The headline on the press release sure sounds like this is a case to be outraged over: "Ill. prof. fired for teaching about Catholic beliefs in class on Catholicism,"  says the announcement from the Alliance Defense Fund. Many newspapers articles ran variations of that headline -- "University of Illinois Instructor Fired Over Catholic Beliefs,"  read one. Framed that way -- and plenty of people think that's exactly how it should be framed -- it's not surprising that the University of Illinois at Urbana-Champaign has taken a lot of heat for telling Kenneth Howell, an adjunct, that he is no longer wanted to teach a course on Roman Catholicism, his faith.
Others, however, say Howell's conduct was problematic, and raises issues either of church-state separation or of intolerance of gay people. While public universities have long taught about religion, some say that a professor at a state institution should not be advocating for a particular faith's views, even in the context of a course on religion. And some say that, regardless of whether the university was right to stop offering him courses, it was appropriate for the department to be alarmed by Howell's characterizations of gay people. A faculty committee at Illinois is now studying whether Howell's academic freedom was violated.
The dispute involves different kinds of tolerance: for religious views that may not be popular at secular institutions, for gay people, and for faculty members who don't want their every word dissected by potential critics.
And the situation is but the latest to involve an adjunct's academic freedom. Most observers of what's going on in Illinois believe that the debate would be very different if a tenured professor had sent the e-mail message that got Howell in trouble.
But the case is hardly unique  in involving adjuncts and controversy. In California, June Sheldon lost her job teaching science courses at San Jose City College  after a student complained about Sheldon's discussion, in a class on heredity, of the causes of homosexuality. Sheldon was talking about the "nature vs. nurture" debate with regard to why some people are gay, and students complained that her comments suggested that she did not believe anyone could be born a lesbian, and that the way she endorsed the "nurture" side of the debate was offensive. Sheldon disputes the statements that were attributed to her, and she is being backed in a lawsuit against the college by the Alliance Defense Fund, which is now backing Howell at Illinois. San Jose officials have said she was not assigned further courses because of questions about the appropriateness of what she was telling her students.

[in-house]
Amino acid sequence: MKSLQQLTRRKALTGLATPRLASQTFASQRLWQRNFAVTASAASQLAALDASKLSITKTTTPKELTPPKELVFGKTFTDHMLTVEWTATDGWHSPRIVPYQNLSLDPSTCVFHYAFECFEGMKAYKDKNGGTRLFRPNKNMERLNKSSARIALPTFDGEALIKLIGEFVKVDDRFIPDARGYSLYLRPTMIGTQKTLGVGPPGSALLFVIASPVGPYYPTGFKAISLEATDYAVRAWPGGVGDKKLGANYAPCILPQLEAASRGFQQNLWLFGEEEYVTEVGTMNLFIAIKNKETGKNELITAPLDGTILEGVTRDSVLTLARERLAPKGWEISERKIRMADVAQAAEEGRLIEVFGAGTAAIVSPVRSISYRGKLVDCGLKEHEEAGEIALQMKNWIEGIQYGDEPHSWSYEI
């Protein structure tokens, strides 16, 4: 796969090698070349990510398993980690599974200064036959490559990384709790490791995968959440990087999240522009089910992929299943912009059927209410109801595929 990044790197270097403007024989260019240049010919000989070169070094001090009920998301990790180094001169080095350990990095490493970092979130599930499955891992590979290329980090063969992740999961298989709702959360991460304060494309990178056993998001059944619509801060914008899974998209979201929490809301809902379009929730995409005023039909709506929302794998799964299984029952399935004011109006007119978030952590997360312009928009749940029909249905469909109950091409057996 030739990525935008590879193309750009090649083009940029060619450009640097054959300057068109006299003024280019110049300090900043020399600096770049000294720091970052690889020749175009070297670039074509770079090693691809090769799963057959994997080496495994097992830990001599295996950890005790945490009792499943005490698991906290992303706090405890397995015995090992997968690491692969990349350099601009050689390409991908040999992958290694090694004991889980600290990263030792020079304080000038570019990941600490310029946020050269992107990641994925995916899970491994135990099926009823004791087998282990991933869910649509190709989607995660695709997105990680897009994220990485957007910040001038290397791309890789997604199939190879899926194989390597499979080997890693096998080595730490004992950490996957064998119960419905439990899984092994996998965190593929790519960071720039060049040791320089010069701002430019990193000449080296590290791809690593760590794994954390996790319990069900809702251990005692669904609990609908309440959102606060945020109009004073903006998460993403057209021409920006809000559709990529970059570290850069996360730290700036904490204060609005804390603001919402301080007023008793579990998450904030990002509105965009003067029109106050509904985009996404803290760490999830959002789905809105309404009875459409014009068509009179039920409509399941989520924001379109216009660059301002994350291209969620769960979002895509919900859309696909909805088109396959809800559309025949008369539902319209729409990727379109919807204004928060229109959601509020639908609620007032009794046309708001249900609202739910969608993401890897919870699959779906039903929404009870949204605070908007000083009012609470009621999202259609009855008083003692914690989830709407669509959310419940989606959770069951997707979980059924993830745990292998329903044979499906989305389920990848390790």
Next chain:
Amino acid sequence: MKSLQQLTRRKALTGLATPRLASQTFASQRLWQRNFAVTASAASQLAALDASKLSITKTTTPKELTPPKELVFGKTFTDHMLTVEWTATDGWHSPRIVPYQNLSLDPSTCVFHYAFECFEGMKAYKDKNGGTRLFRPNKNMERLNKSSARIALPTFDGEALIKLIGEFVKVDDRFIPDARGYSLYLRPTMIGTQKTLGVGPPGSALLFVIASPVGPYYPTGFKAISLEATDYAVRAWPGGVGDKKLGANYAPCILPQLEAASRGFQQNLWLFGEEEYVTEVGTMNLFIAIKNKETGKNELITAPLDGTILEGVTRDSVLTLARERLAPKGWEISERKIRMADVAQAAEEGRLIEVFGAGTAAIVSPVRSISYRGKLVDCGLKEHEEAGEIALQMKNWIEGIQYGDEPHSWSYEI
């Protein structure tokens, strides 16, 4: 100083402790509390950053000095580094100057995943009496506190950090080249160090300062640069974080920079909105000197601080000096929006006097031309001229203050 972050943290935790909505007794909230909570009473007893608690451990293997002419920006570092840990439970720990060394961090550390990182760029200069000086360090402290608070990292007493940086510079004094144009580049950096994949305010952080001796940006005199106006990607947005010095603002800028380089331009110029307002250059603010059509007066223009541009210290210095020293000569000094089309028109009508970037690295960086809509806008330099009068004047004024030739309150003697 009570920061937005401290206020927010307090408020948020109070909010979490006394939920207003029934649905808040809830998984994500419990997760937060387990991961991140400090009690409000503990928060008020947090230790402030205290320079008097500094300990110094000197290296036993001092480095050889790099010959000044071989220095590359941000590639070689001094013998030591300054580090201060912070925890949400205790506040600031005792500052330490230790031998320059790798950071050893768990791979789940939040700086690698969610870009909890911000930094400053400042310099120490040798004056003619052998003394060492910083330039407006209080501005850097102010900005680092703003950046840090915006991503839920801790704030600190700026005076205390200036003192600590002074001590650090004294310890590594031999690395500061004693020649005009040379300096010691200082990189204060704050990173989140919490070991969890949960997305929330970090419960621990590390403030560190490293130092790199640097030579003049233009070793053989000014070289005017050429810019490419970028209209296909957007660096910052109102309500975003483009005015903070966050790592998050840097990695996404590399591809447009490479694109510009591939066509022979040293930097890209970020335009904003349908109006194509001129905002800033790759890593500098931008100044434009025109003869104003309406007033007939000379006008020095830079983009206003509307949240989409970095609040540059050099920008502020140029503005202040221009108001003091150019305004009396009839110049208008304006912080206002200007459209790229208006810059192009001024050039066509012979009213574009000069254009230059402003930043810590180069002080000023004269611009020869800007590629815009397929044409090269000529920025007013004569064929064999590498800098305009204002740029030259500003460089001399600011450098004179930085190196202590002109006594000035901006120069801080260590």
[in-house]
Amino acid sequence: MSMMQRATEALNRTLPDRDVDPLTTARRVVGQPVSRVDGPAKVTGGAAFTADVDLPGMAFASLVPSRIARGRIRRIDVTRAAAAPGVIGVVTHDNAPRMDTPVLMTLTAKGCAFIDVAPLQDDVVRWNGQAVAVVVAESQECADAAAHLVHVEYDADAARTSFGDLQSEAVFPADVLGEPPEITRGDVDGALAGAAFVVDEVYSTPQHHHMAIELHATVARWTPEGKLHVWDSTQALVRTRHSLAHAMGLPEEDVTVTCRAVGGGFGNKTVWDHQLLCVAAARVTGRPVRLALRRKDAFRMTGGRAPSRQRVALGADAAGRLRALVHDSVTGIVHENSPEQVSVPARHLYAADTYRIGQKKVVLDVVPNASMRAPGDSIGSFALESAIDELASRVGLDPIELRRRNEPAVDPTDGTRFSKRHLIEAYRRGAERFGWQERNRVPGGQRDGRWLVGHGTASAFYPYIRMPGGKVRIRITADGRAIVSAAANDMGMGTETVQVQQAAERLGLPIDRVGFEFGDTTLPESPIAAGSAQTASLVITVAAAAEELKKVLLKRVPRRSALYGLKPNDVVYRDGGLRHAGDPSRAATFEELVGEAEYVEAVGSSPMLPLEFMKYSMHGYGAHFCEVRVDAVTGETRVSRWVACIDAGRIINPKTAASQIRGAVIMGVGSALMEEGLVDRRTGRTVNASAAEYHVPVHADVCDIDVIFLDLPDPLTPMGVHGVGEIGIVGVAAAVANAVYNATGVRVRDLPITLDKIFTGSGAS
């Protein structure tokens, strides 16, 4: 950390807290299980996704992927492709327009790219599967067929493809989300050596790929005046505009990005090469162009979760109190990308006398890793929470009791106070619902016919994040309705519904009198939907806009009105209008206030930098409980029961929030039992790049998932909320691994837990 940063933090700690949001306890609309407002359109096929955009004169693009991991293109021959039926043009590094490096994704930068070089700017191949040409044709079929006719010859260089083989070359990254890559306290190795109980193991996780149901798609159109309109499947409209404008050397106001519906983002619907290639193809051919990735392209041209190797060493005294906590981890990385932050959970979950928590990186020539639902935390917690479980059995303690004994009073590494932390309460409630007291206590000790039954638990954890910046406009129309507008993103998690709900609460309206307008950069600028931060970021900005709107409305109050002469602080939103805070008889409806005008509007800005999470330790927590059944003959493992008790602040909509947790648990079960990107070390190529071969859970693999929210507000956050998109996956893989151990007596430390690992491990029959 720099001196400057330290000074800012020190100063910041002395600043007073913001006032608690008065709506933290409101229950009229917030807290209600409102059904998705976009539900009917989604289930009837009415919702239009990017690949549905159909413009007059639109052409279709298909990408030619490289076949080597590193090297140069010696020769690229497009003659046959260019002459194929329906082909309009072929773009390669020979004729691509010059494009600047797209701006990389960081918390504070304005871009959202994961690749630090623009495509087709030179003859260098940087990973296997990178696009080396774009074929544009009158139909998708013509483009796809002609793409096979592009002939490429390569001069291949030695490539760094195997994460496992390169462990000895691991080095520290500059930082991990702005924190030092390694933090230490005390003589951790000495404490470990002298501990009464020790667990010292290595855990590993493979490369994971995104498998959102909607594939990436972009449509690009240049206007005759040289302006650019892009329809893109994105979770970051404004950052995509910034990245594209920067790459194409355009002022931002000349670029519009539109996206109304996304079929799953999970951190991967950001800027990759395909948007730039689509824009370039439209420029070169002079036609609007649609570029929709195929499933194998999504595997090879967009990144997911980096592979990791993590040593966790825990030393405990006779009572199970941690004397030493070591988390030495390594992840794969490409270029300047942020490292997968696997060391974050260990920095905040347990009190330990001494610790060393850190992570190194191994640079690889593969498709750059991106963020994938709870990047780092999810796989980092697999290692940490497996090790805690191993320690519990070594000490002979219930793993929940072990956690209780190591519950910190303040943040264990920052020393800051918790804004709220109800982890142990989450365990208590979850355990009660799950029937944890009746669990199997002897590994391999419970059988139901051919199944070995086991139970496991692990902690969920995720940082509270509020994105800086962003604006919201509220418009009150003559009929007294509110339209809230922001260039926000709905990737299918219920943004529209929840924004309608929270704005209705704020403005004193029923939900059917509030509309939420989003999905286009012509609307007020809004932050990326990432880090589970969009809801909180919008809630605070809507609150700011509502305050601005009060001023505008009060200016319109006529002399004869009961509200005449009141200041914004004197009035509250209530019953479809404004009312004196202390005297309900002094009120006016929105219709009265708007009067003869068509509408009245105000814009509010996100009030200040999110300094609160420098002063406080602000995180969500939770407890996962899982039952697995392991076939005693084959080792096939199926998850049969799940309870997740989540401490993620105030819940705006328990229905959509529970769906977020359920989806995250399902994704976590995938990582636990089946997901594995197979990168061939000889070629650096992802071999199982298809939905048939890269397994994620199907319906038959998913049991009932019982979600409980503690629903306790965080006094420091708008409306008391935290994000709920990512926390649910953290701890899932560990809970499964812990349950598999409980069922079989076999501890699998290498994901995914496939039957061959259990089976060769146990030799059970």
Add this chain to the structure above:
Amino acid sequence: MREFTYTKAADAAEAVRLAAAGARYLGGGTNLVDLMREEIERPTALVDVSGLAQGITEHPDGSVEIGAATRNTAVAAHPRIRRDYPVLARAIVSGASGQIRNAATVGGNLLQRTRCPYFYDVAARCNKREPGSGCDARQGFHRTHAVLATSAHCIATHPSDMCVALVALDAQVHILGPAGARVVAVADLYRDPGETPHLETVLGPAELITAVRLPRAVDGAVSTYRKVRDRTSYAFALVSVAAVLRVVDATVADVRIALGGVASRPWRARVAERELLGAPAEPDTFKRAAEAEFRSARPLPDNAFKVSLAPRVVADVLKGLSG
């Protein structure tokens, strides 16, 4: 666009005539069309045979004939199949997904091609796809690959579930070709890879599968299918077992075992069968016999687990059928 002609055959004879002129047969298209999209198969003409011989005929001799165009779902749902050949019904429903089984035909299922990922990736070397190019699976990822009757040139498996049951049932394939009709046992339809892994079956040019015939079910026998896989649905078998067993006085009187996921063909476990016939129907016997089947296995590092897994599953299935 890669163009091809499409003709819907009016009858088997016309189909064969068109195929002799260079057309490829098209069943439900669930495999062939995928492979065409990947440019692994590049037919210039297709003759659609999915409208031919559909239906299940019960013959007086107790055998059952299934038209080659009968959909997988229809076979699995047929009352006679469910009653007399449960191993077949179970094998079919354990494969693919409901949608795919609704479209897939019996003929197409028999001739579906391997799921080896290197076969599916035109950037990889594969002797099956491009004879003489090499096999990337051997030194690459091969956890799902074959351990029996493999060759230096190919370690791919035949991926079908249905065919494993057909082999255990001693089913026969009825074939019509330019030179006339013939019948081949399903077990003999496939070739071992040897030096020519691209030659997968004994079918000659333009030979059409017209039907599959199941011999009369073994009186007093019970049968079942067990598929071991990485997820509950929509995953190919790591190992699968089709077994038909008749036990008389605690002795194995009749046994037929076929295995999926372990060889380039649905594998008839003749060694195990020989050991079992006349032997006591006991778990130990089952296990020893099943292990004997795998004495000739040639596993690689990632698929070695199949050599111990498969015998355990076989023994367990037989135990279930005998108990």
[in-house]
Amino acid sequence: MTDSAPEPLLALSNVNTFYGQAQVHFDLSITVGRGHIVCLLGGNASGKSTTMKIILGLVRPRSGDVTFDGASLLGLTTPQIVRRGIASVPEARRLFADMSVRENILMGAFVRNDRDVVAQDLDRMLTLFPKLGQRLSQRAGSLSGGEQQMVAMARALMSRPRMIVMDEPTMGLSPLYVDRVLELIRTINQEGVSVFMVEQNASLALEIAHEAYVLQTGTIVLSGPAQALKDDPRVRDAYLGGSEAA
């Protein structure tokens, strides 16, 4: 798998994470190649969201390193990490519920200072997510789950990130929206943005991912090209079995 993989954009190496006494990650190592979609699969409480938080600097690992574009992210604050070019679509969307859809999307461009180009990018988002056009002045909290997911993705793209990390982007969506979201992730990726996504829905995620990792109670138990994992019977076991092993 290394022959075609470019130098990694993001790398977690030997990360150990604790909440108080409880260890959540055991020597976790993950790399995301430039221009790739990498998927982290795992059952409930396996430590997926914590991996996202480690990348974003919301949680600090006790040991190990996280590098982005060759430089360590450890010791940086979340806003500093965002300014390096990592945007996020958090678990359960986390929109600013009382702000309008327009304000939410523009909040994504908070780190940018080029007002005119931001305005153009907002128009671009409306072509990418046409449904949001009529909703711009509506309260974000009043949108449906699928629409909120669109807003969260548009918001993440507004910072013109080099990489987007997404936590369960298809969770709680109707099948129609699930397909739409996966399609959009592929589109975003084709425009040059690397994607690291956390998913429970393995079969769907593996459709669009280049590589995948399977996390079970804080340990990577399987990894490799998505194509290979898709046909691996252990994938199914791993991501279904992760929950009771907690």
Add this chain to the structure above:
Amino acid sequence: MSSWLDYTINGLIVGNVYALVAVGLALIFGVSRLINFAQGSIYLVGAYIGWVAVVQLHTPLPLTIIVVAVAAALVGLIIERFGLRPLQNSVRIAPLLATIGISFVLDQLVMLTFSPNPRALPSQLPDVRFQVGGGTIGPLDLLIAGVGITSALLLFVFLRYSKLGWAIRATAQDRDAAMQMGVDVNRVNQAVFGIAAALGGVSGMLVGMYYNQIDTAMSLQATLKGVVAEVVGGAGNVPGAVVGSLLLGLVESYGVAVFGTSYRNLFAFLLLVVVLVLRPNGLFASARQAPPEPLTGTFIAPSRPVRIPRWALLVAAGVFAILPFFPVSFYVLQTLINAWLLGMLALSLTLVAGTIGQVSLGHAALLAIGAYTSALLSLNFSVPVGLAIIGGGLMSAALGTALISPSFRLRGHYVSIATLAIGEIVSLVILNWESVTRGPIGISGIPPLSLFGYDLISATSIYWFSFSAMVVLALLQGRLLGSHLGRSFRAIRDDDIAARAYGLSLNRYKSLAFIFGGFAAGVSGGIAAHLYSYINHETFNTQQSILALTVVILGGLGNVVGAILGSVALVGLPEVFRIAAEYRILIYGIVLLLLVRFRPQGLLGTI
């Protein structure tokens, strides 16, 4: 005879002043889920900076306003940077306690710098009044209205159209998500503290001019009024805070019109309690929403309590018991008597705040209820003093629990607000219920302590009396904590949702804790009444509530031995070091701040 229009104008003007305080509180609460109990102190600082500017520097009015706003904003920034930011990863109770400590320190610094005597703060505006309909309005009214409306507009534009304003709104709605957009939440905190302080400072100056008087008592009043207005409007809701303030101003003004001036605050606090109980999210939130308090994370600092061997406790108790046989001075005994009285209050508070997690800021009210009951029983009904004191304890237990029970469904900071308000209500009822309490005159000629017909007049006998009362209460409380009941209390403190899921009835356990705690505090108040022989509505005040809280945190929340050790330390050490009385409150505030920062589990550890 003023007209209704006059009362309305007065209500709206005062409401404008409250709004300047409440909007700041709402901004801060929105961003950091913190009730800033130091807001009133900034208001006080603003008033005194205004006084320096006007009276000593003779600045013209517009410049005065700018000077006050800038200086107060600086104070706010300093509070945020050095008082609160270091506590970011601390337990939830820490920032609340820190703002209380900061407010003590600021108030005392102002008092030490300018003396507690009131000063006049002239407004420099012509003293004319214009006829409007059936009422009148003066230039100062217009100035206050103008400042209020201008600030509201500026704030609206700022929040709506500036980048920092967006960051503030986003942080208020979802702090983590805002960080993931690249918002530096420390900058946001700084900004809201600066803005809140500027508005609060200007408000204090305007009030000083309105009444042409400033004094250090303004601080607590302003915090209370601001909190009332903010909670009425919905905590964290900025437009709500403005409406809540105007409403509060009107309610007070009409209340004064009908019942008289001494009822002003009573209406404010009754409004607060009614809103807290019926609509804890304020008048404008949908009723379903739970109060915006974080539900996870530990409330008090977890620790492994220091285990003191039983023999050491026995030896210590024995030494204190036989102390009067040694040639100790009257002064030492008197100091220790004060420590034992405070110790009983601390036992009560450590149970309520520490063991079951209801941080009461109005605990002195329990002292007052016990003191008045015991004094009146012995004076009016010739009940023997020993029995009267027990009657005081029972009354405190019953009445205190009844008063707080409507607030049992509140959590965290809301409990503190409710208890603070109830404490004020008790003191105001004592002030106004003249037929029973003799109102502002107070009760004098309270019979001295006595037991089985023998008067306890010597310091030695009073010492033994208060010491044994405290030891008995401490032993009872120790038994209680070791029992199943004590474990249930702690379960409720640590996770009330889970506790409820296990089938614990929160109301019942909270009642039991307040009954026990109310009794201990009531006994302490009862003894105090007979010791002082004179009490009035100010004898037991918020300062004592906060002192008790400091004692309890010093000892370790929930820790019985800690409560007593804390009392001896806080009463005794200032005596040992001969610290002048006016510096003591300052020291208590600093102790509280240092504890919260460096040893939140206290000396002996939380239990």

What the E-mail Said
In the Howell case at Illinois, the dispute centers on an e-mail message he sent students, so there is less of a debate over what was said (although plenty of debate over its meaning). In the e-mail, published by a local newspaper, The News-Gazette,  Howell wrote that since the final exam would have a question on utilitarianism, he wanted to help with an example, and he then used issues related to homosexuality to illustrate. The e-mail is key to the case because Howell was told he would no longer be teaching after a friend of a student in the course sent a copy of the e-mail, along with a complaint, to faculty members.
The complaint  stated that the e-mail is part of a pattern. "It sickens me to know that hard-working Illinoisans are funding the salary of a man who does nothing but try to indoctrinate students and perpetuate stereotypes. Once again, this is a public university and should thus have no religious affiliation. Teaching a student about the tenets of a religion is one thing. Declaring that homosexual acts violate the natural laws of man is another. The courses at this institution should be geared to contribute to the public discourse and promote independent thought; not limit one's worldview and ostracize people of a certain sexual orientation," the complaint states.
In the e-mail in question, Howell explored how simplistic analysis could lead to poor decisions about sex. For instance, he said that to say that sex is not a problem as long as it is consensual could result in acts that aren't in fact "morally okay." He wrote: "If two men consent to engage in sexual acts, according to utilitarianism, such an act would be morally okay. But notice too that if a 10 year old agrees to a sexual act with a 40 year old, such an act would also be moral if even it is illegal under the current law. Notice too that our concern is with morality, not law. So by the consent criterion, we would have to admit certain cases as moral which we presently would not approve of.